NASA recently awarded a $73.7 million contract to Mountain View, California-based Made In Space to demonstrate the ability to produce and assemble spacecraft components in low-Earth orbit. These capabilities could be vital in reaching, exploring, and possibly settling on Mars.
The contract initiates the second phase of a partnership established through NASA's Tipping Point solicitation. The partnership combines NASA resources and the private sector, with industry partners covering at least 25% of the program costs.
Archinaut One is the proposed space vehicle on which the printing and assembly would take place. It is expected to launch on a rocket in 2022.
Once the vehicle is positioned in low-Earth orbit, the spacecraft will 3D-print two beams that extend 32 feet from each side of the craft. As production moves forward, each beam will unfurl solar arrays capable of generating up to five times more power than typical solar panels on spacecraft of similar size.
The potential of these technologies is thought to include:
- The ability to enable remote, in-space construction of communications antennae and large telescopes
- Enabling small satellites to deploy power systems and reflectors currently reserved for larger satellites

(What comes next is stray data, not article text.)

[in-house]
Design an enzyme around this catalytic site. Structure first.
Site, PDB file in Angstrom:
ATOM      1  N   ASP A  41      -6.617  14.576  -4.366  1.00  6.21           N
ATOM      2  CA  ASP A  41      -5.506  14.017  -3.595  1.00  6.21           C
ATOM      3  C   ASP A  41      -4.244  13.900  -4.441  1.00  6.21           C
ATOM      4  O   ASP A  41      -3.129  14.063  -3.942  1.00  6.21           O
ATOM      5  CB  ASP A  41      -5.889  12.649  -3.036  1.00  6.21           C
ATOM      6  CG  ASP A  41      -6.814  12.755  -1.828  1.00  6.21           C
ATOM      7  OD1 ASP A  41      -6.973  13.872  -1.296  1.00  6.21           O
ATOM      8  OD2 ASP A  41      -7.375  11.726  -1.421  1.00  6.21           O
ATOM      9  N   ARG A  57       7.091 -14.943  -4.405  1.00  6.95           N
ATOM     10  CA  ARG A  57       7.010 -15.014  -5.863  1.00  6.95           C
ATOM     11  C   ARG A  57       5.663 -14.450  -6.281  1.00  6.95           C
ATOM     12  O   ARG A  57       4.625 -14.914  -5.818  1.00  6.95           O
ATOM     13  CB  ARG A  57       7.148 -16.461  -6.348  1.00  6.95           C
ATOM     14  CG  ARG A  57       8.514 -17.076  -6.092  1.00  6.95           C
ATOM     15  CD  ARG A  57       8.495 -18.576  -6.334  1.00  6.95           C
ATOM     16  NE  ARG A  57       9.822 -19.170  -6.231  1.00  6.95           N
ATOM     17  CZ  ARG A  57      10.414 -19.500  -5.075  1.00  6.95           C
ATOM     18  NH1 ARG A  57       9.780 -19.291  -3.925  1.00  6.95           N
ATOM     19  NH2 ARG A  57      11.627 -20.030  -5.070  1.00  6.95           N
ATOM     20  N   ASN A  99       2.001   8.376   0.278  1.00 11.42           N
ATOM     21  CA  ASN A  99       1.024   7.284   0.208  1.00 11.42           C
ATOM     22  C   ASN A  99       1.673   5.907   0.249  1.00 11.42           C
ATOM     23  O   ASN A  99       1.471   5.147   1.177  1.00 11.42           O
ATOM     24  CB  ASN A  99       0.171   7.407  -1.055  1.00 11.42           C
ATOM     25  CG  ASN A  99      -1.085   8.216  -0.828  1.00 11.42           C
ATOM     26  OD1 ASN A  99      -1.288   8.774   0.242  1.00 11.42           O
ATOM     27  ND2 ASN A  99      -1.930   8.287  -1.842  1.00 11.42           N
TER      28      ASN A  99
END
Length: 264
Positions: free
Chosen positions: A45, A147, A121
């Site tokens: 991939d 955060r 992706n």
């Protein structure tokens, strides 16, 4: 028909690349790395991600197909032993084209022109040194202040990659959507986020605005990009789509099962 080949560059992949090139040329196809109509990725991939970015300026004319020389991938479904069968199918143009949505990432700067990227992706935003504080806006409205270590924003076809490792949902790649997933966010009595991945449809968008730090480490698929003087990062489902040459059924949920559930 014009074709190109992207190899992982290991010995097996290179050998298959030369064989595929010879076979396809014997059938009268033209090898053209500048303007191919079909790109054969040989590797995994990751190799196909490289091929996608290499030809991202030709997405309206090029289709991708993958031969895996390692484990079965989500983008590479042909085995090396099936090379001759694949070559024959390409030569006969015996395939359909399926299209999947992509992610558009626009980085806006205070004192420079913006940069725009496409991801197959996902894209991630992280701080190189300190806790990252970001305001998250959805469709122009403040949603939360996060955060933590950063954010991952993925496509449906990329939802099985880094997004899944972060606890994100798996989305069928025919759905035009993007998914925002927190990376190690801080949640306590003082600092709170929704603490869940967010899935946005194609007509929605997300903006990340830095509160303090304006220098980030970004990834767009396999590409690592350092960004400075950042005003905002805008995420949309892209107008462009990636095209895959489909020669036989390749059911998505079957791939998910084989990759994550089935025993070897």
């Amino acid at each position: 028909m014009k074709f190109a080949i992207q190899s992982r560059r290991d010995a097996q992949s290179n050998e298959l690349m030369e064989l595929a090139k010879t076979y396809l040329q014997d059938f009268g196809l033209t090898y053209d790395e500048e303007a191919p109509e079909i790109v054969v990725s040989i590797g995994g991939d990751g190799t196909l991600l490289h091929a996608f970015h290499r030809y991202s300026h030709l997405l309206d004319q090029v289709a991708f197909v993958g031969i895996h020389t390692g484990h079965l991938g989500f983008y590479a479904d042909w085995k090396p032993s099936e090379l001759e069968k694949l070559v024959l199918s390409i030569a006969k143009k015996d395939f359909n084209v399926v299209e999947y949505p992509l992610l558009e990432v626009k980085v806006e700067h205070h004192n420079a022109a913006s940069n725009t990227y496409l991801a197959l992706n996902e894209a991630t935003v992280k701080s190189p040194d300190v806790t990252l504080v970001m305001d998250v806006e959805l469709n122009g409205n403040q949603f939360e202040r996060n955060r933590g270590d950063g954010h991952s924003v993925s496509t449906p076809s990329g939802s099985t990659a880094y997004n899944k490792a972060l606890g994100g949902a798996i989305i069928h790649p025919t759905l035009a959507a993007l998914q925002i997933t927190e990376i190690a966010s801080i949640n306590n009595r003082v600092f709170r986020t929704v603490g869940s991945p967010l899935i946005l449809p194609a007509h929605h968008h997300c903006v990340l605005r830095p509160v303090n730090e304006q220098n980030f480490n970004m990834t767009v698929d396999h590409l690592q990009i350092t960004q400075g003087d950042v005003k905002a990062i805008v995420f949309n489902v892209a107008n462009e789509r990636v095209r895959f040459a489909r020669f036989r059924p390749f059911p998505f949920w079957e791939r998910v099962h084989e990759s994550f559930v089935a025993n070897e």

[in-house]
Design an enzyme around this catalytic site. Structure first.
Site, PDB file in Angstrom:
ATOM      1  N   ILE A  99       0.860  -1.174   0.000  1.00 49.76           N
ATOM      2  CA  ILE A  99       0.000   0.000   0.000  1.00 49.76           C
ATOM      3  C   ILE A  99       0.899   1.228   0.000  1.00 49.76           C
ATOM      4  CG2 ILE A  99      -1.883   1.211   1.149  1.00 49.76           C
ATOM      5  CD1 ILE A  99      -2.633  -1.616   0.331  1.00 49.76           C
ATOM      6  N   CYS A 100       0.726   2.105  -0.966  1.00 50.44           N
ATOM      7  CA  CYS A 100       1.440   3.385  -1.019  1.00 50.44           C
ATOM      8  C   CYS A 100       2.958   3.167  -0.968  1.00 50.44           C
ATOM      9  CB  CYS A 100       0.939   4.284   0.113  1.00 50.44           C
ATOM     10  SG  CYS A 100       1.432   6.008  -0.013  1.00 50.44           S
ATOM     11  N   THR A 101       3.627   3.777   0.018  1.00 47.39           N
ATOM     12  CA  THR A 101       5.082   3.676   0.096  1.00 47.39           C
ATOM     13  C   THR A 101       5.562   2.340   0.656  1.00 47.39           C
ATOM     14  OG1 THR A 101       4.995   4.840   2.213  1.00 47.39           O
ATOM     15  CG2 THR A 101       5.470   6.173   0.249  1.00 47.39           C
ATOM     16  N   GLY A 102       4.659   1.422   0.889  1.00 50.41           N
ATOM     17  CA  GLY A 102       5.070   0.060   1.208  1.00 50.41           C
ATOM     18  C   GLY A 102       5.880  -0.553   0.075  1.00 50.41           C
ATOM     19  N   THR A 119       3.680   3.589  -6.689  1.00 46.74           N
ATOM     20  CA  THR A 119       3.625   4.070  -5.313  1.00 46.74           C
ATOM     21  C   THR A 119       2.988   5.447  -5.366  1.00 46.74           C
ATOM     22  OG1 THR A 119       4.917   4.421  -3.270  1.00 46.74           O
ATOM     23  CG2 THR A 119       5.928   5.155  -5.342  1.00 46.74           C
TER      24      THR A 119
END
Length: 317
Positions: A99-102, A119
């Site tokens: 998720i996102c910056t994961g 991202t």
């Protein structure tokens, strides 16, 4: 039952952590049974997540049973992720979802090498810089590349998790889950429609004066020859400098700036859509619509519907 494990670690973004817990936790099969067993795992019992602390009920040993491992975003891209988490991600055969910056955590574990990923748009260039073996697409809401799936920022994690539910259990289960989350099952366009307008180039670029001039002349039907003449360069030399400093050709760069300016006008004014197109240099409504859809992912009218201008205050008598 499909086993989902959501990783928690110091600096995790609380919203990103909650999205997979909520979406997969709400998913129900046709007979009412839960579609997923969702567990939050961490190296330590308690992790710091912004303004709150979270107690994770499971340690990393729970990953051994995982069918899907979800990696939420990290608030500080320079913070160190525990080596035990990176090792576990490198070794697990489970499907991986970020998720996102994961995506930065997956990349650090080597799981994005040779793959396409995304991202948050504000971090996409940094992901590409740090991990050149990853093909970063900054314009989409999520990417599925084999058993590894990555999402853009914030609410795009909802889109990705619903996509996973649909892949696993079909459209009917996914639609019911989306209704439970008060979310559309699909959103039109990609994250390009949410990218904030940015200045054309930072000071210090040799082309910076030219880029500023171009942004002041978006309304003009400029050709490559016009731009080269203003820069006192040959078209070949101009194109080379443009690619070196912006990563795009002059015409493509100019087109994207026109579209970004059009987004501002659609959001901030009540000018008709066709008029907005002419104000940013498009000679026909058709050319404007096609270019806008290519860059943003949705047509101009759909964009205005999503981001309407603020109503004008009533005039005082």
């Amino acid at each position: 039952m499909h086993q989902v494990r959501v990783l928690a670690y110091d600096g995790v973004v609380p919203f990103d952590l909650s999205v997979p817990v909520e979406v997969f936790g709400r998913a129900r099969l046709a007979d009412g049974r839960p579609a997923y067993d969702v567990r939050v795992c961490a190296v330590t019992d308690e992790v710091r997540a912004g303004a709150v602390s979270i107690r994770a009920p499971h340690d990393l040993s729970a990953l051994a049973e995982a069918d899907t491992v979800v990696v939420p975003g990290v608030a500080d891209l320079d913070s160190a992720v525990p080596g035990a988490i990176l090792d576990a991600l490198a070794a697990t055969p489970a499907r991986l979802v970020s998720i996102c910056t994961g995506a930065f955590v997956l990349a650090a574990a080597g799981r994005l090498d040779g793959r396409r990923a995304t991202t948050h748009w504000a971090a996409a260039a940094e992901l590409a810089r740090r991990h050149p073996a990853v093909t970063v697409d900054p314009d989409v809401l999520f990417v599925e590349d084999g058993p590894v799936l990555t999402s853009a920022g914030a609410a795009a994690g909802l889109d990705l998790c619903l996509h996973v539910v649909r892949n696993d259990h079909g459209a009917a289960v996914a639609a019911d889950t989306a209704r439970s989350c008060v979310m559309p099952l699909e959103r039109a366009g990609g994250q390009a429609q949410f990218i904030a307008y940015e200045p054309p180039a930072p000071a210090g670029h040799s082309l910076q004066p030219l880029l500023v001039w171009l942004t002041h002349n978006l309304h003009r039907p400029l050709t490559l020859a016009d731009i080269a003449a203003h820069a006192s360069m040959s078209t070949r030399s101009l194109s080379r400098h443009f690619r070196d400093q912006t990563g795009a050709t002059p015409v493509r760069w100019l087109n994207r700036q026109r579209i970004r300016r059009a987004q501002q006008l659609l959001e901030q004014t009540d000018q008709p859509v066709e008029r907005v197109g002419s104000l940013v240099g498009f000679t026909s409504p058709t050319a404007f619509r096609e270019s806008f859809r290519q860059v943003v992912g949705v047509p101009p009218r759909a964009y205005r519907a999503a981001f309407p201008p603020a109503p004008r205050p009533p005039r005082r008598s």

- Avoiding the risks of spacewalks by performing tasks currently completed by astronauts
Made In Space began working on Archinaut in 2016. A year later it successfully 3D-printed structural beams in a NASA facility that mimics the conditions of space. Then, at the agency's Ames Research Center in Silicon Valley, they were able to validate that the printing equipment and hardware were capable of withstanding the environmental challenges of space.
The Archinaut group includes Northrup Grumman, Made In Space, Ames, and NASA's Jet Propulsion Laboratory in Pasadena, California. The program is based out of the Marshall Space Flight Center in Huntsville, Alabama.